|Equipment made by young offenders helps older patients|
|Written by Communications Team|
A young person from the Surrey Youth Support Service Reparation Scheme visited Ashford Hospital recently to present activity and therapy equipment that young offenders had designed and made to help older people at both Ashford and St Peter’s Hospitals.
The equipment was initially requested to provide activity for hospital patients with dementia or who may be confused and agitated, and therefore at risk of falling. When the prototype equipment arrived, the physiotherapists and occupational therapists saw they had potential for use with patients who have other conditions such as strokes.
(L to R): Ian McDougall, the young man’s carpentry supervisor, Lynn English, Stroke Club and Chaucer Ward Secretary, Debbie Palmer, Lead Nurse for Falls Prevention and Ellie Paterson from the Surrey Youth Support Service.
The Chaucer Ward Stroke Club at Ashford Hospital generously donated some funds to help pay for some of the materials used to make the equipment.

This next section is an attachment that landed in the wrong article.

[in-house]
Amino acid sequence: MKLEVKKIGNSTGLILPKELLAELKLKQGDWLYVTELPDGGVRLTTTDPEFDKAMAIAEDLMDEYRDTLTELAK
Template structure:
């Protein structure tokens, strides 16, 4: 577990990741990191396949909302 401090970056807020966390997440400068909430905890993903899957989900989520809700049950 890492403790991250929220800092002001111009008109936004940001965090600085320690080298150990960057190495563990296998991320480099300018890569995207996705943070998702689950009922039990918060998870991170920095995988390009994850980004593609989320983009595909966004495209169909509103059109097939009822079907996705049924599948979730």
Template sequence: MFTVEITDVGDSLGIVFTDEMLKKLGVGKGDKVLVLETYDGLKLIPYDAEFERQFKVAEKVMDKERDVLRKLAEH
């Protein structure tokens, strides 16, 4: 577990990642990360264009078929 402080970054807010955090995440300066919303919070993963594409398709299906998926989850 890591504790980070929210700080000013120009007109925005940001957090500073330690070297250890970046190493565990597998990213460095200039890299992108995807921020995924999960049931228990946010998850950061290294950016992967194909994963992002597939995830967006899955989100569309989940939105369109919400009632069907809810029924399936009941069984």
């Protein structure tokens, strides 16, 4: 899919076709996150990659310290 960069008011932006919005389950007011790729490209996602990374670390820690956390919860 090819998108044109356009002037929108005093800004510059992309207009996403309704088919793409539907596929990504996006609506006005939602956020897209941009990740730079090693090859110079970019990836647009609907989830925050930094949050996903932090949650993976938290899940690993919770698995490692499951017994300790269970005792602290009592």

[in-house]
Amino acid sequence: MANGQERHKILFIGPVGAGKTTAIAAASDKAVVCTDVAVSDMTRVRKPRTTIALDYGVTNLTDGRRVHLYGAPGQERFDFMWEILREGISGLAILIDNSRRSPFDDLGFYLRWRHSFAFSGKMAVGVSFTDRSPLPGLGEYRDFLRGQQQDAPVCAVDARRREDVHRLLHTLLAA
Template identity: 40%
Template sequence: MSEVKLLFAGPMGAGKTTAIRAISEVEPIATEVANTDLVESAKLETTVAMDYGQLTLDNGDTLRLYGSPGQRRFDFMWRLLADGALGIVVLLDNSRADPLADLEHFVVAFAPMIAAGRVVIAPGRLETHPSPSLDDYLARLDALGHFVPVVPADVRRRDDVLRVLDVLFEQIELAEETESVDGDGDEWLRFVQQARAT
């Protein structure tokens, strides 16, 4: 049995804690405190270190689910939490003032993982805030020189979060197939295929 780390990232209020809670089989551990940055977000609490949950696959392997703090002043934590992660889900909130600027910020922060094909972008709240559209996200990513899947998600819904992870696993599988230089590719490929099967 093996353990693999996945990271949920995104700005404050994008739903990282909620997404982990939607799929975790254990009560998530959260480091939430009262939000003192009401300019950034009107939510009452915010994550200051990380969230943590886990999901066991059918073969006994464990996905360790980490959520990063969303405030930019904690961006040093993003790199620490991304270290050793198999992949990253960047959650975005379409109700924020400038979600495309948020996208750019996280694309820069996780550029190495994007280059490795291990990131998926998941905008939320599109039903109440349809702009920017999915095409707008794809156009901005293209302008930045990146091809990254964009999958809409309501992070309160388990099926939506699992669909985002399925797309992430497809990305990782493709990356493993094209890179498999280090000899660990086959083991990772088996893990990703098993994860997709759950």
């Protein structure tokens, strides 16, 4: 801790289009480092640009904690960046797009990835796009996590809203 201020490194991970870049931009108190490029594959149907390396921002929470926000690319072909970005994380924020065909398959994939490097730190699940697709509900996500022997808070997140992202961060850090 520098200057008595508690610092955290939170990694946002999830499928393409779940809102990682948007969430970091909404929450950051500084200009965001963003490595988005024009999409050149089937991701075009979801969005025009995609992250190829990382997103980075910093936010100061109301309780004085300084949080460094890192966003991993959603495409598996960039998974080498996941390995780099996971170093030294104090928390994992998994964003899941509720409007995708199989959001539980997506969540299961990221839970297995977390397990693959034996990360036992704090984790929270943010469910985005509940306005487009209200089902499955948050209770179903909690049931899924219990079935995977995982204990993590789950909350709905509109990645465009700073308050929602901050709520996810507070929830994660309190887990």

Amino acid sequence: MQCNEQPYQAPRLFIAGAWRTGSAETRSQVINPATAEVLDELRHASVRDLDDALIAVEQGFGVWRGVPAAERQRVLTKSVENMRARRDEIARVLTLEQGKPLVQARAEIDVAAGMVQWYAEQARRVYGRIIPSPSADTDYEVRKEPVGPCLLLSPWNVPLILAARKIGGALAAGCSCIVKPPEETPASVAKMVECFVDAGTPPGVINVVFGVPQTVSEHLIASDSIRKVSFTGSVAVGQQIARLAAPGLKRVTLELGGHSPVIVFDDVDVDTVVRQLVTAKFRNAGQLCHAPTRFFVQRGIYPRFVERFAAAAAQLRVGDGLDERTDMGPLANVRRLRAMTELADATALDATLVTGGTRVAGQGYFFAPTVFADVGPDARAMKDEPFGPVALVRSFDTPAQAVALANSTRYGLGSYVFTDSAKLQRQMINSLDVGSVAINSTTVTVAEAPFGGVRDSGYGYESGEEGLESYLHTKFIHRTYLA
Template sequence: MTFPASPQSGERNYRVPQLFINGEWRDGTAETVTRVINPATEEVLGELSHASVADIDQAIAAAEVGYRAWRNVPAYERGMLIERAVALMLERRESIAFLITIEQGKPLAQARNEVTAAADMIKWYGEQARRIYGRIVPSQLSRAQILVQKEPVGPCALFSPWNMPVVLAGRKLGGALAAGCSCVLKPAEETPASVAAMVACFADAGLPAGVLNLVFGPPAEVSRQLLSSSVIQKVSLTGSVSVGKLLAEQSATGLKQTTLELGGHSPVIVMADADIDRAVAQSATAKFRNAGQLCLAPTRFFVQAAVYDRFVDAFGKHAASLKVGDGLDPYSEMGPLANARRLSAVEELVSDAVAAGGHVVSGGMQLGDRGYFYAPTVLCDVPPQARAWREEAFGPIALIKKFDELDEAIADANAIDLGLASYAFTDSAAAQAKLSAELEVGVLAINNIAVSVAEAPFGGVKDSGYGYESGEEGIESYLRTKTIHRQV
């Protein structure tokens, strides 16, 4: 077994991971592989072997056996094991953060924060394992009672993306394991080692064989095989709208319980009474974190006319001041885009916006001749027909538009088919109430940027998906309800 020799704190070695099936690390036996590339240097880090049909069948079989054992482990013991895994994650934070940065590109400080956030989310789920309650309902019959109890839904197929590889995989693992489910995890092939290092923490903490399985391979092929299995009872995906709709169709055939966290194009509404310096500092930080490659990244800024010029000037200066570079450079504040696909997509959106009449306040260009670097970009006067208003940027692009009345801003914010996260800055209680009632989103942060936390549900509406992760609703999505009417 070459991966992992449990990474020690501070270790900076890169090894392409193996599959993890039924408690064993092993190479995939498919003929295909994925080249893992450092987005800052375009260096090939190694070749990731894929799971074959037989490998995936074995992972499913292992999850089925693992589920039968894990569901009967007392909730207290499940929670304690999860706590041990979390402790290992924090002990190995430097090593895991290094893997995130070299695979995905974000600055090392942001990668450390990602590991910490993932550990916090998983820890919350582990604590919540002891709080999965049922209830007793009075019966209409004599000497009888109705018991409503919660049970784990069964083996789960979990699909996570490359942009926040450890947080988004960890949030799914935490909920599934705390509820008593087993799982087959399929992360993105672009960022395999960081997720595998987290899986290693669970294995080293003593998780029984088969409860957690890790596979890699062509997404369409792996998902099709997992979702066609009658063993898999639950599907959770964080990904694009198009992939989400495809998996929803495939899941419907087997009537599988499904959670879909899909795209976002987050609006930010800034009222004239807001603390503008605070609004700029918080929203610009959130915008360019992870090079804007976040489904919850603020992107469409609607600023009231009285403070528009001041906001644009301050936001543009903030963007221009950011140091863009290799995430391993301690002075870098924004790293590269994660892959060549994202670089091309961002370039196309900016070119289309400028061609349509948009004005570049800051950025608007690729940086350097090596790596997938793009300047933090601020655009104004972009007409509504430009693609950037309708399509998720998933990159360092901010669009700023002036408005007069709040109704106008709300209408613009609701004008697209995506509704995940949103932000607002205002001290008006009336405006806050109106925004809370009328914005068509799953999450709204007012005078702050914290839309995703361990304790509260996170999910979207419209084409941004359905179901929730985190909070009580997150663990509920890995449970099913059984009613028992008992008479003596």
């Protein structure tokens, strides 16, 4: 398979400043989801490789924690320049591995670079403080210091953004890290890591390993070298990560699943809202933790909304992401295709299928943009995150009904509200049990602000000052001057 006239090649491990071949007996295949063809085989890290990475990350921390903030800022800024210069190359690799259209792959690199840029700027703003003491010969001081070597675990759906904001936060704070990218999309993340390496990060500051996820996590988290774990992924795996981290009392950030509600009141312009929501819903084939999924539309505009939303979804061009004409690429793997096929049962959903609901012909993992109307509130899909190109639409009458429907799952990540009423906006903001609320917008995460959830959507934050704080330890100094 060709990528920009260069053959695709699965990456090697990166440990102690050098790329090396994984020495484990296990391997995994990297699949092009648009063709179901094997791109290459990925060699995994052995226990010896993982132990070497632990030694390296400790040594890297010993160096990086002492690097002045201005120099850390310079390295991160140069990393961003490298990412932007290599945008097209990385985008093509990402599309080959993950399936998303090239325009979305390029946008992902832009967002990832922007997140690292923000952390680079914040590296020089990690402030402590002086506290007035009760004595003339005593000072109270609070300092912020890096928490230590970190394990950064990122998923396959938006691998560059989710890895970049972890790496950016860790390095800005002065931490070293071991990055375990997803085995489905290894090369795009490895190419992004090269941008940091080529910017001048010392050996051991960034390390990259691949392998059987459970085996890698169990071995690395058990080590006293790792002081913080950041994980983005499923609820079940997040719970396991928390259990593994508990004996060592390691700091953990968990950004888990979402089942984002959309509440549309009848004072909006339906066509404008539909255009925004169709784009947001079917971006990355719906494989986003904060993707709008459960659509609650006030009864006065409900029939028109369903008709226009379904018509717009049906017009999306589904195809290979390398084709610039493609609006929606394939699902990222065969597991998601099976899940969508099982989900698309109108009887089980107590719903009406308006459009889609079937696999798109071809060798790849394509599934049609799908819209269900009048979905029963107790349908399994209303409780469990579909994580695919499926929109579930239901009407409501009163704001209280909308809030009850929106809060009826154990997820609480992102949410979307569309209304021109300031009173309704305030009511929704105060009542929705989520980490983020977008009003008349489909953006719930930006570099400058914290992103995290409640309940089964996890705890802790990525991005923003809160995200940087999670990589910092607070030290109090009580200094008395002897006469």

Debbie Palmer, Lead Nurse for Falls Prevention, requested the help of the young people through Ellie Paterson, Surrey Youth Support Service Community Reparation Officer.
Debbie said: “It is great to see the equipment that will make a real difference to patients on the adult wards. It is lovely to see young people helping older patients in this way and the equipment is bright, well designed and therapeutic. I hope this partnership will continue and will also make a difference to the young people involved. We are very grateful to them.”
Ellie Paterson agreed: “The projects that we are involved with at Ashford and St. Peters Hospitals NHS Foundation Trust are giving the young people a great opportunity to learn new skills, while knowing they are doing something meaningful by helping other people.”
The reparation scheme gives young people who have committed an offence opportunities to make amends, either directly to their victims or to the wider community. Young people involved in the scheme have previously donated memory boxes and toys they have made to the Neonatal Intensive Care Unit and children’s wards at St Peter’s, and are now helping older people as well.